Children from immigrant families constitute one of the largest and fastest growing racial and ethnic minority population groups in the United States. Yet, immigrant children's oral health status, dental needs and dental service utilization are understudied and poorly understood. Few published studies on oral health of immigrant adults and children are based on convenience and small sample sizes or Medicaid data from a single state and all have provided mixed results. The specific characteristics within the foreign-born population that could explain any differential uptake in dental service utilization to address disparity is limited. In addition, existing literature on oral health disparities have focused on socioeconomic factors and do not include social and cultural determinants of oral health such as immigration status. This gap in knowledge specifically hampers the development and implementation of appropriate policies and programs that could achieve positive oral health outcomes for immigrant children. Immigrant oral health is influenced by individual, community and healthcare system factors both before and after immigration, yet it is unclear how these factors contribute to overall oral health disparities. Immigrant children's oral health is a growing dental public health concern due to the significant consequences of common oral diseases if left untreated. The overall goal of this project is to address the gap in knowledge related to immigrant children's oral health and to explore how immigrant children's oral health characteristics contribute to oral health disparities. In addition, this study will identify specific characteristics and health care level factors required for appropriate intervention to reduce these disparities.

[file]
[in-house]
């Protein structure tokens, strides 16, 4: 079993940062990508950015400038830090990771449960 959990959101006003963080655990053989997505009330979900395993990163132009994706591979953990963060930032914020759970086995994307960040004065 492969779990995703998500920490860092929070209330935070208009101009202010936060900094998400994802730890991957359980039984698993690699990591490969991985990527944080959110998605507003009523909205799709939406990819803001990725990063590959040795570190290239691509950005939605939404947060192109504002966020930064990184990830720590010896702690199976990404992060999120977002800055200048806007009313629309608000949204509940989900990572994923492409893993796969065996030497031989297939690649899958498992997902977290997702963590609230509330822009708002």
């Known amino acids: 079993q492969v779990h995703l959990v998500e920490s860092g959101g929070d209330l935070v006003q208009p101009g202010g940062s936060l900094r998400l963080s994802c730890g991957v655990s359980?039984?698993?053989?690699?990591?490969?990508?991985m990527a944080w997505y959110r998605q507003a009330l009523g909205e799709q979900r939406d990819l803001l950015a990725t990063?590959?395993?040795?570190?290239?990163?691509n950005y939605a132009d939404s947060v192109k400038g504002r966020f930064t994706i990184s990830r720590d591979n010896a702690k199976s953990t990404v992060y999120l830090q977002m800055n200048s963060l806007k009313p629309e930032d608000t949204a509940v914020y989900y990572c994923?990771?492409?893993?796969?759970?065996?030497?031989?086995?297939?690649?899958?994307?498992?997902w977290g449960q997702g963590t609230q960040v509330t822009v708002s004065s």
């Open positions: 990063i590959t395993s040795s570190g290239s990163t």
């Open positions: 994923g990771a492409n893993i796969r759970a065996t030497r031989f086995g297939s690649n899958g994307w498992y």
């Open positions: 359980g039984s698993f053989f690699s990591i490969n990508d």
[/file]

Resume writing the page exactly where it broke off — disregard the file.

The specific aims of this study are: (1) to determine the patterns and time trend of dental services utilization and unmet dental needs of foreign-born children from 2002 to 2014; and (2) to examine the extent to which immigrant status factors such as length of stay, language spoken at home and other person-level demographic factors explain variations in dental access, utilization and unmet dental needs of foreign-born children compared to native-born children from 2002 to 2014. This project will be conducted by a team of multidisciplinary researchers using two nationally representative databases: the 2001-2013 National Health Interview Survey (NHIS) and the 2002-2014 Medical Expenditure Panel Survey (MEPS). Descriptive statistics will be conducted to provide estimates of counts and rates of dental services utilization and unmet dental needs. Logistic regression models will then be fit to determine outcome variables associated with other covariates. Structural equation modeling (SEM) will be used to describe the relationship between latent phenomena captured by multiple related variables, such as acculturation. Findings from this project will be used to inform the development of priorities and policies directed at immigrant children's oral health and oral health disparities.
Children from immigrant families are one of the fastest growing groups in the nation and their oral health contributes to overall health and health disparities. The individual and societal consequences of oral health disparities including inadequate access to dental care, are of immense concern to dental public health professionals. Dental public health professionals and stakeholders will use the findings from this project to develop appropriate intervention strategies including the formulation of appropriate local, state, and national priority and policy guidelines for immigrant children's oral health.